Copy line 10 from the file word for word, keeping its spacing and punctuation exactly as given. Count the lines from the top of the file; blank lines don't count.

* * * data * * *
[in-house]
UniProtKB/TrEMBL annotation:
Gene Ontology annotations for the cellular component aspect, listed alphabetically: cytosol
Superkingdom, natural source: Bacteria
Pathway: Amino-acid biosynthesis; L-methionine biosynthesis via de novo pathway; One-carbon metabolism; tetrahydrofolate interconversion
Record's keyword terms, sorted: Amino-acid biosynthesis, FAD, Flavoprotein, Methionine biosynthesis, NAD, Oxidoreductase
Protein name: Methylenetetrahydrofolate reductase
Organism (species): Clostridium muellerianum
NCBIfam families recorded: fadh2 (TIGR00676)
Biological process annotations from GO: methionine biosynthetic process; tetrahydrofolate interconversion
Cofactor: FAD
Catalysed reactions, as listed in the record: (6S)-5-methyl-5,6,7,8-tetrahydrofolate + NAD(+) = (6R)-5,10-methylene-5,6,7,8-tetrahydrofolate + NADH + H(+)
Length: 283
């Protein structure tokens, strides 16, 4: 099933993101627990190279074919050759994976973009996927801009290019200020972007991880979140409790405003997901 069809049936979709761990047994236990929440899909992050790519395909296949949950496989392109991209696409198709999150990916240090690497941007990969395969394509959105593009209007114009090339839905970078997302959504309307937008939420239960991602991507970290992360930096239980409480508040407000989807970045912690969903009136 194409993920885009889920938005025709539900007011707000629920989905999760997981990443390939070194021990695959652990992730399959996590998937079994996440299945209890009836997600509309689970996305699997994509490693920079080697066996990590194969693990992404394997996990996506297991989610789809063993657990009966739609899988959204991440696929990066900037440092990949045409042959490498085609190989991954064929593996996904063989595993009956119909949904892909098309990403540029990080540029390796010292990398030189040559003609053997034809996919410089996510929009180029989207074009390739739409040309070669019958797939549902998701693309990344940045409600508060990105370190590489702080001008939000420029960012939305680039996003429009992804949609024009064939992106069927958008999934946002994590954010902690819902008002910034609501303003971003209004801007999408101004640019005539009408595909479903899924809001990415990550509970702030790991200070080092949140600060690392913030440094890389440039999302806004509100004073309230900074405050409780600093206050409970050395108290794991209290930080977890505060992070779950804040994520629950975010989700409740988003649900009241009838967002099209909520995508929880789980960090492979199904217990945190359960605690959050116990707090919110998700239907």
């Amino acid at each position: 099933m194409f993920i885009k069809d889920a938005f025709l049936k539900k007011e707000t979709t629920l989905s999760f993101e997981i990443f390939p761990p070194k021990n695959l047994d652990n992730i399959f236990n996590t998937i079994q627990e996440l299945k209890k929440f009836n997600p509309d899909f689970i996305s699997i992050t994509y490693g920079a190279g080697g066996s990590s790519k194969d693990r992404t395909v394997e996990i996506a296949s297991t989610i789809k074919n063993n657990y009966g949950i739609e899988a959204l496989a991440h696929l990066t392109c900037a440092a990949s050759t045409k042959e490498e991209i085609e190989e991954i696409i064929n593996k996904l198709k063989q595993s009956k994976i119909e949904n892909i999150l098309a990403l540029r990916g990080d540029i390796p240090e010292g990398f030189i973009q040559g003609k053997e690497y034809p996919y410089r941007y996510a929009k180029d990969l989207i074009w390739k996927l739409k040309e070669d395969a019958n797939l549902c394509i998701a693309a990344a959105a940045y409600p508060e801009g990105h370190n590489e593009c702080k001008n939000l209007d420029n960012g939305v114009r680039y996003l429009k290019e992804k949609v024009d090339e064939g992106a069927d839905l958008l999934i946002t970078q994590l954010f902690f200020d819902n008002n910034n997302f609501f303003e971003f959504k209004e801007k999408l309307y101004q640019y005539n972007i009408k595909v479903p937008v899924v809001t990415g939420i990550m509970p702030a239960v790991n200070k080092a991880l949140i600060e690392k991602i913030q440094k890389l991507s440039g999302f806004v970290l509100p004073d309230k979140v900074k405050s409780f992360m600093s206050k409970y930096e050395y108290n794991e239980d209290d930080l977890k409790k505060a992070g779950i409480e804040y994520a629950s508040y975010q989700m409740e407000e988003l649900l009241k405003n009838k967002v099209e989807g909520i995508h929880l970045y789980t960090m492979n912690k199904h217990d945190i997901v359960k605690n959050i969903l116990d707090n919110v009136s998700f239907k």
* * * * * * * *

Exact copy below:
Biological process annotations from GO: methionine biosynthetic process; tetrahydrofolate interconversion